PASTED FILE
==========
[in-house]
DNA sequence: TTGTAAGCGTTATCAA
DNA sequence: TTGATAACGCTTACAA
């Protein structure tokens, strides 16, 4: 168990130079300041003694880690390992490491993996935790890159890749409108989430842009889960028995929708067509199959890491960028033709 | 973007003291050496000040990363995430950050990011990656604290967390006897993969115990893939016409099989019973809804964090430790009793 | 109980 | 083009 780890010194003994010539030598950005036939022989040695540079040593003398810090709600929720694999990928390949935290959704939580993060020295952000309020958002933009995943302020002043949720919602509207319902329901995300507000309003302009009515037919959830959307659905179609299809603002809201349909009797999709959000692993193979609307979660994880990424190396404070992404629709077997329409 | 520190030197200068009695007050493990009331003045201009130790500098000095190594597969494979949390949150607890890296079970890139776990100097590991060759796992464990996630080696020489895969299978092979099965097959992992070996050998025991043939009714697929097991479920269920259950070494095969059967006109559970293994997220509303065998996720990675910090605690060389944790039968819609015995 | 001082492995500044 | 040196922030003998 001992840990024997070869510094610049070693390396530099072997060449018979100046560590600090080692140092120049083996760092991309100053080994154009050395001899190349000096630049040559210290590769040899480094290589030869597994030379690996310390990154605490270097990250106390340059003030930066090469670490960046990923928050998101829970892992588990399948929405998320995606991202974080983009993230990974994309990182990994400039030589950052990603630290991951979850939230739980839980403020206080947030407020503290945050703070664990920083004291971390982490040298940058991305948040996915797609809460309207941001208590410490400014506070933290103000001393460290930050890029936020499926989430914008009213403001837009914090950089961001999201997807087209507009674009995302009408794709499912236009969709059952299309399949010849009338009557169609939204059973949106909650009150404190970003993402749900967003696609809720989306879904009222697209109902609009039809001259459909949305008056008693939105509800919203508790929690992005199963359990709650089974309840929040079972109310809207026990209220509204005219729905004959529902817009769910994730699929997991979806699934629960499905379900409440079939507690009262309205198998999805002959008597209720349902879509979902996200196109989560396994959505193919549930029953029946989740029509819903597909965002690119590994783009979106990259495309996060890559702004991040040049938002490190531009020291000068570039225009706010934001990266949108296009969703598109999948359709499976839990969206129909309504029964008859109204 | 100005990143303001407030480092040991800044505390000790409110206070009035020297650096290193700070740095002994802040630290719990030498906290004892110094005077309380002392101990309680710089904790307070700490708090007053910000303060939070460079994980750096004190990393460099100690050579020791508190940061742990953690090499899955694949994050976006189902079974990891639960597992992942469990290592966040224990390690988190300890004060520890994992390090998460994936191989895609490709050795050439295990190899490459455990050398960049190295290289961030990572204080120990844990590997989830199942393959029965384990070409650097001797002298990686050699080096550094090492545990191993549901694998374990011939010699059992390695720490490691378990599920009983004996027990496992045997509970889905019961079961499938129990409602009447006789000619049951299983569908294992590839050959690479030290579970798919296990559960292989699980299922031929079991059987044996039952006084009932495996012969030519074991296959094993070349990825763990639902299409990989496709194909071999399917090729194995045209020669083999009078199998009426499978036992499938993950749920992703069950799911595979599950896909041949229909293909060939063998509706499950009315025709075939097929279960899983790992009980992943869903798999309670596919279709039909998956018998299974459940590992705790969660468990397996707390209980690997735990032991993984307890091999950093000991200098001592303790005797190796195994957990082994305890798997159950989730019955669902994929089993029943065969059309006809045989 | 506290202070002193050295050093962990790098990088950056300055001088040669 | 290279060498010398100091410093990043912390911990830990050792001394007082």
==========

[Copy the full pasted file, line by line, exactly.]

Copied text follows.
[in-house]
DNA sequence: TTGTAAGCGTTATCAA
DNA sequence: TTGATAACGCTTACAA
């Protein structure tokens, strides 16, 4: 168990130079300041003694880690390992490491993996935790890159890749409108989430842009889960028995929708067509199959890491960028033709 | 973007003291050496000040990363995430950050990011990656604290967390006897993969115990893939016409099989019973809804964090430790009793 | 109980 | 083009 780890010194003994010539030598950005036939022989040695540079040593003398810090709600929720694999990928390949935290959704939580993060020295952000309020958002933009995943302020002043949720919602509207319902329901995300507000309003302009009515037919959830959307659905179609299809603002809201349909009797999709959000692993193979609307979660994880990424190396404070992404629709077997329409 | 520190030197200068009695007050493990009331003045201009130790500098000095190594597969494979949390949150607890890296079970890139776990100097590991060759796992464990996630080696020489895969299978092979099965097959992992070996050998025991043939009714697929097991479920269920259950070494095969059967006109559970293994997220509303065998996720990675910090605690060389944790039968819609015995 | 001082492995500044 | 040196922030003998 001992840990024997070869510094610049070693390396530099072997060449018979100046560590600090080692140092120049083996760092991309100053080994154009050395001899190349000096630049040559210290590769040899480094290589030869597994030379690996310390990154605490270097990250106390340059003030930066090469670490960046990923928050998101829970892992588990399948929405998320995606991202974080983009993230990974994309990182990994400039030589950052990603630290991951979850939230739980839980403020206080947030407020503290945050703070664990920083004291971390982490040298940058991305948040996915797609809460309207941001208590410490400014506070933290103000001393460290930050890029936020499926989430914008009213403001837009914090950089961001999201997807087209507009674009995302009408794709499912236009969709059952299309399949010849009338009557169609939204059973949106909650009150404190970003993402749900967003696609809720989306879904009222697209109902609009039809001259459909949305008056008693939105509800919203508790929690992005199963359990709650089974309840929040079972109310809207026990209220509204005219729905004959529902817009769910994730699929997991979806699934629960499905379900409440079939507690009262309205198998999805002959008597209720349902879509979902996200196109989560396994959505193919549930029953029946989740029509819903597909965002690119590994783009979106990259495309996060890559702004991040040049938002490190531009020291000068570039225009706010934001990266949108296009969703598109999948359709499976839990969206129909309504029964008859109204 | 100005990143303001407030480092040991800044505390000790409110206070009035020297650096290193700070740095002994802040630290719990030498906290004892110094005077309380002392101990309680710089904790307070700490708090007053910000303060939070460079994980750096004190990393460099100690050579020791508190940061742990953690090499899955694949994050976006189902079974990891639960597992992942469990290592966040224990390690988190300890004060520890994992390090998460994936191989895609490709050795050439295990190899490459455990050398960049190295290289961030990572204080120990844990590997989830199942393959029965384990070409650097001797002298990686050699080096550094090492545990191993549901694998374990011939010699059992390695720490490691378990599920009983004996027990496992045997509970889905019961079961499938129990409602009447006789000619049951299983569908294992590839050959690479030290579970798919296990559960292989699980299922031929079991059987044996039952006084009932495996012969030519074991296959094993070349990825763990639902299409990989496709194909071999399917090729194995045209020669083999009078199998009426499978036992499938993950749920992703069950799911595979599950896909041949229909293909060939063998509706499950009315025709075939097929279960899983790992009980992943869903798999309670596919279709039909998956018998299974459940590992705790969660468990397996707390209980690997735990032991993984307890091999950093000991200098001592303790005797190796195994957990082994305890798997159950989730019955669902994929089993029943065969059309006809045989 | 506290202070002193050295050093962990790098990088950056300055001088040669 | 290279060498010398100091410093990043912390911990830990050792001394007082």